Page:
The European parliament called Thursday on Pakistan to overhaul its blasphemy laws with a view to repealing them, saying they were "increasingly used to target" Christians and other minorities, reports Jeremy Reynalds, Senior Correspondent for ASSIST News Service.
According to an article by the AFP News Service, the parliament expressed great concern about the case of Asia Bibi, a Christian woman sentenced to death four years ago for blasphemy.
Her sentence was upheld last month by a high court in Lahore, dashing hopes the conviction might be overturned or commuted to a jail term.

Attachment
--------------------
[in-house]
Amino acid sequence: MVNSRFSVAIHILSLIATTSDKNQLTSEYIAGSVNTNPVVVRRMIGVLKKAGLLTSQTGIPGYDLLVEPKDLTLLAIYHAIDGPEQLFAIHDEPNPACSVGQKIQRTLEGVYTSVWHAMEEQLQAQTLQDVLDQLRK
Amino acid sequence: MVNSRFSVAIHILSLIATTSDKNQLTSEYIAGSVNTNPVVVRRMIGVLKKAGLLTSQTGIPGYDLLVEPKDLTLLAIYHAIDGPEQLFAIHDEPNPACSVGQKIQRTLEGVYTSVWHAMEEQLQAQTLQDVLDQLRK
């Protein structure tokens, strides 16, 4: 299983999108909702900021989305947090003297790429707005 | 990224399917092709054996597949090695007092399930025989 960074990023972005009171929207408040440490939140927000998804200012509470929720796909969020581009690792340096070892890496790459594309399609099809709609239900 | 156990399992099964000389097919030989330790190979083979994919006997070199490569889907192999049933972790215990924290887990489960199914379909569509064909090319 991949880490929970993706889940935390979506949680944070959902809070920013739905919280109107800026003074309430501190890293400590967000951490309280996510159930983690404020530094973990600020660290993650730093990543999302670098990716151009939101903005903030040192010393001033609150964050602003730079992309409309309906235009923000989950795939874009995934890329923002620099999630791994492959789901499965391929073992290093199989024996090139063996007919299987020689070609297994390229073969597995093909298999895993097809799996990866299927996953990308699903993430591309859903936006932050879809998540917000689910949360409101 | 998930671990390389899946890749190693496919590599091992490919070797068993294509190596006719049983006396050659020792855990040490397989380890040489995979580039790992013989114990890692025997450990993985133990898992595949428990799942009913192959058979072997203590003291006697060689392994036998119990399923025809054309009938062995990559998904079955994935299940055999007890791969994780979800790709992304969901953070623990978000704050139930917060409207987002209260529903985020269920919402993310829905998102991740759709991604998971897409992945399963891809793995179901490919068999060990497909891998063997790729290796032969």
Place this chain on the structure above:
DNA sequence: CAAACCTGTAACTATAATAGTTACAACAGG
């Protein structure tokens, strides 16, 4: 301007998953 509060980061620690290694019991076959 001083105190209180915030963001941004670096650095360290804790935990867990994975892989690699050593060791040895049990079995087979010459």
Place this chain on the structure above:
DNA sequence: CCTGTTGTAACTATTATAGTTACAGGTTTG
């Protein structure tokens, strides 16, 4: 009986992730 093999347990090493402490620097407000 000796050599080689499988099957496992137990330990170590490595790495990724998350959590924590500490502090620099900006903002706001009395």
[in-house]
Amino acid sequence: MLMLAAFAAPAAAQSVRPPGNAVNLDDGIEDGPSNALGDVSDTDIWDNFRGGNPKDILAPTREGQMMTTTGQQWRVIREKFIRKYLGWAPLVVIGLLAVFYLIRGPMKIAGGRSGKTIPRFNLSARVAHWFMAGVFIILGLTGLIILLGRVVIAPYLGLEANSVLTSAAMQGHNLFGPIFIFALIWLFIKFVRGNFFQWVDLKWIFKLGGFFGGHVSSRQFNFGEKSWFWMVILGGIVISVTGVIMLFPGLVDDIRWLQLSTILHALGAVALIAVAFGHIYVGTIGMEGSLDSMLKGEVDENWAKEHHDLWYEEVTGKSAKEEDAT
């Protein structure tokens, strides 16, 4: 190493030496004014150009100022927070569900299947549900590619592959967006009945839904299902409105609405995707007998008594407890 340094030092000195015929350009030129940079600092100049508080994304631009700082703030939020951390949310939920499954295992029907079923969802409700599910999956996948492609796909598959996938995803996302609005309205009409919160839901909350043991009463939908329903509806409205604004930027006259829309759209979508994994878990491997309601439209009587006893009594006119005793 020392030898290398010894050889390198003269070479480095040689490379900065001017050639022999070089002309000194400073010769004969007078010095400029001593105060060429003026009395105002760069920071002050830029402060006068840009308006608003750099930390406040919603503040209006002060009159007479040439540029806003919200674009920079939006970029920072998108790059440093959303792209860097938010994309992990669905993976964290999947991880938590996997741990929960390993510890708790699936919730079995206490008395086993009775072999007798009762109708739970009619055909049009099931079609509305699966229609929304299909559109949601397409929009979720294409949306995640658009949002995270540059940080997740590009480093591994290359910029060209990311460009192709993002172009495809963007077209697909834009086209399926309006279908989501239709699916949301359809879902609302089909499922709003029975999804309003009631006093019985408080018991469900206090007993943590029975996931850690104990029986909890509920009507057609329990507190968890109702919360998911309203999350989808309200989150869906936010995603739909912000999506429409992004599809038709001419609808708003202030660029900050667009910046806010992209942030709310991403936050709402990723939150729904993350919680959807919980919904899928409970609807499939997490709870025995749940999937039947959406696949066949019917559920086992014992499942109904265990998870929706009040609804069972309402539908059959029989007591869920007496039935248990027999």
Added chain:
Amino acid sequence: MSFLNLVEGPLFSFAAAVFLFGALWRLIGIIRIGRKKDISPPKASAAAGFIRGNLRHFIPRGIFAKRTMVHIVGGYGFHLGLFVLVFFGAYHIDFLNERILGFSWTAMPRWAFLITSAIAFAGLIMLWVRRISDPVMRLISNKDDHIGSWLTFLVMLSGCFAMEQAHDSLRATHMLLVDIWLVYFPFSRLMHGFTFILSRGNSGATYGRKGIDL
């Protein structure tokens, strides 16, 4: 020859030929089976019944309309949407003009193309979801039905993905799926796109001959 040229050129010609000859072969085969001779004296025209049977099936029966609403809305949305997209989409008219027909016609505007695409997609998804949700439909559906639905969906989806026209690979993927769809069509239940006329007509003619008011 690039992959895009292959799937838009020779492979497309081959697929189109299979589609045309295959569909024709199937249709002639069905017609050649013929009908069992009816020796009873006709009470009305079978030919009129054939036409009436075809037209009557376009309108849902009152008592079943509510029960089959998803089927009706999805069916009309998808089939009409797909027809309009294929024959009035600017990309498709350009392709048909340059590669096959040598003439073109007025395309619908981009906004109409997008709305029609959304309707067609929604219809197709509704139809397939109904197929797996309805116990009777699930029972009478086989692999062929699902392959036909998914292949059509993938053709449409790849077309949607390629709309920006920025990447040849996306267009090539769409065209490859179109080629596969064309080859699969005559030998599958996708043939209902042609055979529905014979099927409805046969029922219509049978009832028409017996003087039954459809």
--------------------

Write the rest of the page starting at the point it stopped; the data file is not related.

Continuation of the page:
In a non-binding resolution, members of the European parliament in Strasbourg, AFP reported that France expressed concern that blasphemy laws “are increasingly used to target vulnerable minority groups, including Ahmedis and Christians, in Pakistan.”
The resolution “calls on the government of Pakistan to carry out a thorough review of the blasphemy laws and their current application ... with a review to repealing the laws.”
It also “calls on the government of Pakistan to abolish the death penalty, including for blasphemy or apostasy.”
AFP said meanwhile, about 50 MEPs meanwhile wrote to EU foreign policy chief Federica Mogherini urging her to ask Pakistan to show clemency toward Asia Bibi.
In a final recourse in her case, Bibi filed an appeal in Pakistan's top court Monday.
Pakistan has never executed anyone for blasphemy and has had a de facto moratorium on civilian executions since 2008.